I would expect to have to tell this to the judge (in fact, I’d ask to talk to the judge if the Jury Manager didn’t suggest it). It is the judge who would make any final decision, anyways. It is his or her courtroom, after all.
If after all that the judge still says that shoes are required and you still refuse, there is the possibility that the judge will charge you with contempt of court. You may decide to acquiesce at this point.
On the other hand, if you are a royal-pain-in-the-ass and have some legal acumen, you don’t have to stop there (but if you aren’t you’d be an idiot to continue). Contempt is
Conduct that defies the authority or dignity of a court or legislature; because such conduct interferes with the administration of justice.
(Black’s Law Dictionary.)
The thing is, simply being barefoot on a jury does not interfere with the administration of justice.
There are a few (a very few) court cases that address dress codes in court. Most were regarding attorneys, who are officially what is called “officers of the court”. In Friedman v. District Court, 611 P.2d 77, April 16, 1984 (Alaska Sup. Ct.) and Sandstrom v. State of Florida, 309 So.2d 17, February 28, 1975 (Florida Sup. Ct.) contempt against the attorneys was upheld for not wearing a coat and tie. However, in Jensen v. Superior Court of San Diego County, 201 Cal. Rptr. 275, 154 Cal. App. 3d 533, April 16, 1984 (California Ct. of App., Dist. 4), a prohibition on a lawyer wearing turban was reversed, since it did not disrupt the court. That was the similar result for a female attorney who was cited for contempt for wearing a mini-skirt in Peck v. Stone, 32 App.Div.2d 506, 304 NYS 2d 881 (New York App. Div. 4, 1969).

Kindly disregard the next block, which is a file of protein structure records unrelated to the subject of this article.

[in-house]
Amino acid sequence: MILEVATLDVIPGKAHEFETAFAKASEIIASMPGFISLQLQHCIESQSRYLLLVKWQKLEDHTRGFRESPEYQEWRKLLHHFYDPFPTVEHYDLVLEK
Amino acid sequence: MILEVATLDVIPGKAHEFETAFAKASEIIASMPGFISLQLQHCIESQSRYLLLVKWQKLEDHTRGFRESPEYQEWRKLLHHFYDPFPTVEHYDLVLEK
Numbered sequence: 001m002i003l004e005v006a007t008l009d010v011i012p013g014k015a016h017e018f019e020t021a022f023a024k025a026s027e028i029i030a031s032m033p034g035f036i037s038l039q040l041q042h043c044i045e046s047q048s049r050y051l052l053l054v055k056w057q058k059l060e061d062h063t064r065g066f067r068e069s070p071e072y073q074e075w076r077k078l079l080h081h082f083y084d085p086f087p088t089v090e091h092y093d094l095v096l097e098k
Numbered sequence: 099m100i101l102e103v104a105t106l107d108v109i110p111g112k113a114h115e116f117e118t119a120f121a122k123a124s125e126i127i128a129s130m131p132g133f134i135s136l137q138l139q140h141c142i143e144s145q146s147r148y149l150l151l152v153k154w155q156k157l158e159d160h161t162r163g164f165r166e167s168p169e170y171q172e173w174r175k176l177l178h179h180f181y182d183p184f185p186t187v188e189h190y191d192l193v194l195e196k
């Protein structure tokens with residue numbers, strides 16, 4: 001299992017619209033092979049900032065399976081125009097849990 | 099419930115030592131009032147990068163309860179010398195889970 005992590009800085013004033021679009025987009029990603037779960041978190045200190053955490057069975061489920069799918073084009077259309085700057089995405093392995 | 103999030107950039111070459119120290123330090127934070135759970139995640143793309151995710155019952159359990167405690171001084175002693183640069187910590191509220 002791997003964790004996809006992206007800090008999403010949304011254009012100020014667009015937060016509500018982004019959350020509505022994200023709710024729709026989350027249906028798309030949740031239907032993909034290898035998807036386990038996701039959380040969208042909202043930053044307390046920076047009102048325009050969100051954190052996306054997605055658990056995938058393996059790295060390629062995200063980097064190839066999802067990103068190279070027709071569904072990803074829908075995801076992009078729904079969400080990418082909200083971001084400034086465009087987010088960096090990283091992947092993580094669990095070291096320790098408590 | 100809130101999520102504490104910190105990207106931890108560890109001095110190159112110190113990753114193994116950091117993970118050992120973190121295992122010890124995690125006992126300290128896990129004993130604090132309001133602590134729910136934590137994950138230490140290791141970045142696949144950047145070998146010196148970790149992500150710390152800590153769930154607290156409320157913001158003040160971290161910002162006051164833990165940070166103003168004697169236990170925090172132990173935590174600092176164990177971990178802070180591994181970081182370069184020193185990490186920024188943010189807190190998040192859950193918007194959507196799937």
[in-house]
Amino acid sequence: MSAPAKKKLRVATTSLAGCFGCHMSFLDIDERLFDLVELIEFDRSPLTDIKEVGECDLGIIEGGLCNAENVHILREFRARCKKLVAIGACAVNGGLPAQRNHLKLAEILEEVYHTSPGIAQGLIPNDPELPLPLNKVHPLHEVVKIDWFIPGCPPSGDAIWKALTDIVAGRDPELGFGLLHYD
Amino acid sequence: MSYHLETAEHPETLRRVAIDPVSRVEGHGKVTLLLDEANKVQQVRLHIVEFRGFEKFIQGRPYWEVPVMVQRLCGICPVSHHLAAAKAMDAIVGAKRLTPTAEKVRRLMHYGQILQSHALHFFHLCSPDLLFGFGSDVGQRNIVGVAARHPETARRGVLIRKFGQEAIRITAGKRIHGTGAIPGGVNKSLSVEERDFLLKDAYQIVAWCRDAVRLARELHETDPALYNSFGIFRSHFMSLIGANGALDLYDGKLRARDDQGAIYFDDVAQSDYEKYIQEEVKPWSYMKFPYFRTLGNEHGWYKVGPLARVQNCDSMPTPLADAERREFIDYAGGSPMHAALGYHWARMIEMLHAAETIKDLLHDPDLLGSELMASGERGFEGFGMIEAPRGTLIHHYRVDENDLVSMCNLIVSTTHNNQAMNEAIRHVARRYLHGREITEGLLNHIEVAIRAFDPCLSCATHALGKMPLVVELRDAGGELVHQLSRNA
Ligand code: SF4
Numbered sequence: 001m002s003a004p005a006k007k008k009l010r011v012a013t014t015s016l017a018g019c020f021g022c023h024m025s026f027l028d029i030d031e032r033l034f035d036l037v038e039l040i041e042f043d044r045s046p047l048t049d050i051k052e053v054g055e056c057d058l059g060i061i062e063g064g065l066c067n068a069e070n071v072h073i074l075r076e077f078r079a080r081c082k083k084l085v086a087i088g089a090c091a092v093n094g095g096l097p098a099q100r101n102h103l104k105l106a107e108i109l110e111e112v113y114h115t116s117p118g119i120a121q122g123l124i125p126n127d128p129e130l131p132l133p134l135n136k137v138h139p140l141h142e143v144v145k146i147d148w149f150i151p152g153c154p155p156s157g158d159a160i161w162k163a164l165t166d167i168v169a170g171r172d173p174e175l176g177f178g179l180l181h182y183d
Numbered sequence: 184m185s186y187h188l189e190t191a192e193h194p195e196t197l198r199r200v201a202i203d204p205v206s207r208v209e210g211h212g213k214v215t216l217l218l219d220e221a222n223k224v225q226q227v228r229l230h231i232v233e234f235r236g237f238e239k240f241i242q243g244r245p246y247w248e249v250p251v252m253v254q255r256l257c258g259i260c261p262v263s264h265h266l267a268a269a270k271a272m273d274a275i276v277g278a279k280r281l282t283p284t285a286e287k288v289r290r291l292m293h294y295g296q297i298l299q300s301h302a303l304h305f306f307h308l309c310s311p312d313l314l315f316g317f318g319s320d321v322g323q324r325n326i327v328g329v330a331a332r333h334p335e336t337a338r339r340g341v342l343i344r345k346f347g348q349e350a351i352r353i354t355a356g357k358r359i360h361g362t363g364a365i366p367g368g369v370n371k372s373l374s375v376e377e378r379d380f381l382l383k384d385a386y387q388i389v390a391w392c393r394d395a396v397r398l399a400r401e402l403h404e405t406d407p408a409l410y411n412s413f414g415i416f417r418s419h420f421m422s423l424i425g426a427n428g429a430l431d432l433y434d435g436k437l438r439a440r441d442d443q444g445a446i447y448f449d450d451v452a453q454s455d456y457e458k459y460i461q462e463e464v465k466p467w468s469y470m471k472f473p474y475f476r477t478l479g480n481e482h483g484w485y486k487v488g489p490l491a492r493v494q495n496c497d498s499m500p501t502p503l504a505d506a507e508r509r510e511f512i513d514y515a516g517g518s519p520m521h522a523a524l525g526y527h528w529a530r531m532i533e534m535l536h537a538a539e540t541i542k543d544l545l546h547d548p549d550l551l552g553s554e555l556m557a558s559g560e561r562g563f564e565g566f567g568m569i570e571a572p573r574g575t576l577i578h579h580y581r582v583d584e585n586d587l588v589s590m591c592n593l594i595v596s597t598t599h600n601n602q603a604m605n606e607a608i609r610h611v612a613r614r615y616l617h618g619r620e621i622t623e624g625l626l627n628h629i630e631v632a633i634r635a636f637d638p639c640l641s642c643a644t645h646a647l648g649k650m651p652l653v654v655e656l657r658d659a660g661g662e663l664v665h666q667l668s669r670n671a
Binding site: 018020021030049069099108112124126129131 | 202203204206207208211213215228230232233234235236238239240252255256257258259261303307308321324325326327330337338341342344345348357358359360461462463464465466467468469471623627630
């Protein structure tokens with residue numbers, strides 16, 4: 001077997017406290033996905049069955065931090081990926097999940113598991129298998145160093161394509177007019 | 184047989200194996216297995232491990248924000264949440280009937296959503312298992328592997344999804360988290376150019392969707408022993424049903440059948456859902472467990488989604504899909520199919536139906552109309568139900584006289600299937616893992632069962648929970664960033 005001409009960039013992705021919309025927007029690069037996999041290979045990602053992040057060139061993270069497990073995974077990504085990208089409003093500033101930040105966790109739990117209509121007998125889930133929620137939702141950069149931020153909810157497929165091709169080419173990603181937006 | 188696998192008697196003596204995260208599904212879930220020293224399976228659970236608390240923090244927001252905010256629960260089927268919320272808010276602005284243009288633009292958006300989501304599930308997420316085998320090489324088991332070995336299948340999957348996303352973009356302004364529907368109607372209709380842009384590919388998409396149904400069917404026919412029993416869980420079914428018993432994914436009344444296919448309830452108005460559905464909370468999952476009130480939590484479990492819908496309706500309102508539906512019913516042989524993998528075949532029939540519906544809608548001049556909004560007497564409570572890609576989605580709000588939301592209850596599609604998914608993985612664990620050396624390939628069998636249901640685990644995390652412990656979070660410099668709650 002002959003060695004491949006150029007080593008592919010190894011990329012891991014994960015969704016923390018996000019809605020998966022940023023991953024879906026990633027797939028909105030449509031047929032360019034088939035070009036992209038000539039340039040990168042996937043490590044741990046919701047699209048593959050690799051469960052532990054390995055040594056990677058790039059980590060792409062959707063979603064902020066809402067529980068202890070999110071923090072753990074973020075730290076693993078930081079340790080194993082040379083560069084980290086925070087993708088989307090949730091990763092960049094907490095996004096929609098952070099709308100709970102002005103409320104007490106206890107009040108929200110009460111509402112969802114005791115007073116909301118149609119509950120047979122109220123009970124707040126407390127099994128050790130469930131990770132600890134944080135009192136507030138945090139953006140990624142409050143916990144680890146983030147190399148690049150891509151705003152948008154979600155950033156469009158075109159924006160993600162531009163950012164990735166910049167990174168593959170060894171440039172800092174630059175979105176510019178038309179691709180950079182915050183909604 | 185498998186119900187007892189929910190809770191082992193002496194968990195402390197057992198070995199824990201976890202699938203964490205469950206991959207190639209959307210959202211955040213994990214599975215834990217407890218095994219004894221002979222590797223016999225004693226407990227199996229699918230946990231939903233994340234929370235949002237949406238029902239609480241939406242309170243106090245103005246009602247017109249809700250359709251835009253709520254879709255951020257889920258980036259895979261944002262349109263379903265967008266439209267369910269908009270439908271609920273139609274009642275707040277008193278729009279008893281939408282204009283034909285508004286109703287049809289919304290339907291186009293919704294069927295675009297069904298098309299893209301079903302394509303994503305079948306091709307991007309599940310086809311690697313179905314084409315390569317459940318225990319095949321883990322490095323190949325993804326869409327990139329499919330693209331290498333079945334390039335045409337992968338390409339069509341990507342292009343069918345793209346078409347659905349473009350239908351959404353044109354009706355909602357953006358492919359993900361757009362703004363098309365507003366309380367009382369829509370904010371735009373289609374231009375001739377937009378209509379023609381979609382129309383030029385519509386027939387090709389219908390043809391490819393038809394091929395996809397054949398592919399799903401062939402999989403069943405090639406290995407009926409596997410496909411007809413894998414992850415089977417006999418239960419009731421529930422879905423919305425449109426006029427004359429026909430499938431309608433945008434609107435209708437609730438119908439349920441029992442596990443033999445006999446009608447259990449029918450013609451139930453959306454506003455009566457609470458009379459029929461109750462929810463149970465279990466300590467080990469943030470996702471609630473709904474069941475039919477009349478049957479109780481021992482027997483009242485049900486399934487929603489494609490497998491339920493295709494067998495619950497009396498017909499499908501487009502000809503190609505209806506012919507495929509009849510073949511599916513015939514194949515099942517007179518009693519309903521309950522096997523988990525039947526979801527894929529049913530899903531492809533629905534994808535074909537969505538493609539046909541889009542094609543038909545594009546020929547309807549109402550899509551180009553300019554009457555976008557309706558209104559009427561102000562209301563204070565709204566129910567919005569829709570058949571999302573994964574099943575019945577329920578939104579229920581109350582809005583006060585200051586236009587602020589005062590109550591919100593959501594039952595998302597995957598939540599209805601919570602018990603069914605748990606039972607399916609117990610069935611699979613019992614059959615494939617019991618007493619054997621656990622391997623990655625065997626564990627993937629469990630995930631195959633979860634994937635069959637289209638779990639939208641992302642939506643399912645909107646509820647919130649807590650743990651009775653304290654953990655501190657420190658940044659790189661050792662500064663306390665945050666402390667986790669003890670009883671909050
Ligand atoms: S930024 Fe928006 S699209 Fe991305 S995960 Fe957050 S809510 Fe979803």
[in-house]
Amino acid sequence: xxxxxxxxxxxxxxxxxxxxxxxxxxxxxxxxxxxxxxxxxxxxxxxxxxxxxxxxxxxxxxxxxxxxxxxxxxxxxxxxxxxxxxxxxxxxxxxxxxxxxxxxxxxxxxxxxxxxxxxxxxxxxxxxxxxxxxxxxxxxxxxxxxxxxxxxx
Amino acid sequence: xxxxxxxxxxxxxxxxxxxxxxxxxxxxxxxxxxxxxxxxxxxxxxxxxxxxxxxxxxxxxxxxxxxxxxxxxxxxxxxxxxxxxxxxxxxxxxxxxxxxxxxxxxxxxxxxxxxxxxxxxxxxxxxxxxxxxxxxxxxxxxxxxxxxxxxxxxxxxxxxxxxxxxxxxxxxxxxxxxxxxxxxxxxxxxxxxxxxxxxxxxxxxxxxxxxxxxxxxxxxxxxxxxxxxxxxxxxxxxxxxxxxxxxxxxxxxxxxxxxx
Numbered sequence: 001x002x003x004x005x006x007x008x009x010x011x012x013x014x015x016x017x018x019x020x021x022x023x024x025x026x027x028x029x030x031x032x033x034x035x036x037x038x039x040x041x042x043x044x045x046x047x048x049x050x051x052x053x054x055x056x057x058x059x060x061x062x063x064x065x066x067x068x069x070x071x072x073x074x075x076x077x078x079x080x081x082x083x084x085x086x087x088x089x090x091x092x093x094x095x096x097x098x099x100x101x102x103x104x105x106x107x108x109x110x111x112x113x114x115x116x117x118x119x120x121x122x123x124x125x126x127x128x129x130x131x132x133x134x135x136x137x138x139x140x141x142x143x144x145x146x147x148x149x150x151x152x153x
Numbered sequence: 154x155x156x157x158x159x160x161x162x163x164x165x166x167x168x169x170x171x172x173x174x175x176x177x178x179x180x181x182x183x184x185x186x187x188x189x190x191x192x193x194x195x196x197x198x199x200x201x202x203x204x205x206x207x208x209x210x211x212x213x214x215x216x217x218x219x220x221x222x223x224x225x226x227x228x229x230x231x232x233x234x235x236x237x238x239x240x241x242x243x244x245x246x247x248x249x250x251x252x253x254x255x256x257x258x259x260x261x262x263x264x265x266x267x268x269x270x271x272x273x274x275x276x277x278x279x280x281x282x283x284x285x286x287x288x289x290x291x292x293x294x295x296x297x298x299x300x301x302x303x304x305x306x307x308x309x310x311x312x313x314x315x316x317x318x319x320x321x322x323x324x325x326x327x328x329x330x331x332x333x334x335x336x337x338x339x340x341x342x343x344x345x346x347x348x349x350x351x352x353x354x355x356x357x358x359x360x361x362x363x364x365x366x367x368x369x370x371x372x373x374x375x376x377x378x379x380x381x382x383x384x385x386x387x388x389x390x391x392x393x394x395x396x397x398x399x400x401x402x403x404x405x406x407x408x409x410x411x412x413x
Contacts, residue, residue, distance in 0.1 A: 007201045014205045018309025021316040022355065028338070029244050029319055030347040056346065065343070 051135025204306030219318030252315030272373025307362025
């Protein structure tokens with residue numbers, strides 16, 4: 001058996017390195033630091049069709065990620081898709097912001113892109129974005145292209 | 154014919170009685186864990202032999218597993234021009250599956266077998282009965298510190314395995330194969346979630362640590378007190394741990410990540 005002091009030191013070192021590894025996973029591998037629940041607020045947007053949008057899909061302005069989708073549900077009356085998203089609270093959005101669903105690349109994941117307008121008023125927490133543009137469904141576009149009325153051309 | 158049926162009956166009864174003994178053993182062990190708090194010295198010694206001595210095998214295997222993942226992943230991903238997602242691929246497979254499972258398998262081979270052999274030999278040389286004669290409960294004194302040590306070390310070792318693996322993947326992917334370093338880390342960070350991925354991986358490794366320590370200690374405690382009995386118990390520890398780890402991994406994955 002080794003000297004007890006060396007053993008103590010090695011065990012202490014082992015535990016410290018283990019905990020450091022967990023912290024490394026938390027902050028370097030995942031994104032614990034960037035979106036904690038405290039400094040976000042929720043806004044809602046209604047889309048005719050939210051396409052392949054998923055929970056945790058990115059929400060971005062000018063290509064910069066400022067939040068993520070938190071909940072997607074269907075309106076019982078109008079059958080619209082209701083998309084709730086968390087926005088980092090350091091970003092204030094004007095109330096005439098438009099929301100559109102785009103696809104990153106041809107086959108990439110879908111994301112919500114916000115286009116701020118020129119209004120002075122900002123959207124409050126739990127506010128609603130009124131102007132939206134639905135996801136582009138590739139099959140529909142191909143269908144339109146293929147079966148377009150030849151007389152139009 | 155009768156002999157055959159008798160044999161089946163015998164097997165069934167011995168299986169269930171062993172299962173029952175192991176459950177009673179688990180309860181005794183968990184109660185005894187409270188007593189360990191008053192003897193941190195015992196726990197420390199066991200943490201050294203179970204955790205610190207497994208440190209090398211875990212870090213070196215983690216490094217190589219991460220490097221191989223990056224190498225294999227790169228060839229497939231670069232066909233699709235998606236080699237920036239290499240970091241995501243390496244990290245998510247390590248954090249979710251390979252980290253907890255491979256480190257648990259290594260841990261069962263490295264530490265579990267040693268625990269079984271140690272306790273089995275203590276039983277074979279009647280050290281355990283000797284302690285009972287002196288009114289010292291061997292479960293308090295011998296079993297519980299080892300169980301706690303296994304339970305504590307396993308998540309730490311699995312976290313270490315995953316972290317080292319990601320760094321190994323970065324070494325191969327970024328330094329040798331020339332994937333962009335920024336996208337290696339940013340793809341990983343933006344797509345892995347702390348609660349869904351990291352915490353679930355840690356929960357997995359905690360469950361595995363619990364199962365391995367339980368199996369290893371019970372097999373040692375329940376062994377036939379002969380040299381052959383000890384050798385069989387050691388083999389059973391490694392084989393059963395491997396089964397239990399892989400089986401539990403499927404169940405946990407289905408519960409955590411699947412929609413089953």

But those are all for attorneys. I could only find one case involving non-attorneys, and in that case they were defendants (not jurors), who were cited for not wearing a coat and tie. That case was Kersevich et al. v. Jaffrey District Court, 114 N.H. 790, 330 A.2d 446, December 31, 1974 (New Hampshire Sup. Ct.). Here’s the syllabus from the court explaining things:
1. A district court has power to punish for contempt occurring in its presence persons whose acts or conduct would obstruct or interfere with the orderly administration of Justice.
2. In formulating dress requirements for parties appearing before it, a district court must exercise care not to impose rigid standards of dress that are not directly related to the needs of judicial administration.
3. The plaintiffs’ neat appearance without ties and jackets and wearing sport shirts hanging over their trousers in deliberate noncompliance with a district court’s dress requirements of jacket, tie, and slacks for male parties owning such attire did not tend to interfere with the orderly administration of Justice and did not constitute unsuitable, unconventional, or inappropriate attire. On this record, plaintiffs’ conduct did not constitute cause for the district court’s finding of plaintiffs in summary contempt and sentencing of them to imprisonment.
(Note: #3 might be confusing. While they were defendants in the original case, in this case fighting the contempt citation they were the plaintiffs, so that is how they are referred to in #3.)
I don’t see how being a barefoot juror could possibly interfere with the orderly administration of justice. But it sure would be a lot of work fighting it in court, wouldn’t it?
It still might be fun to do. (And yes, I do have a very odd idea as to what constitutes “fun”.)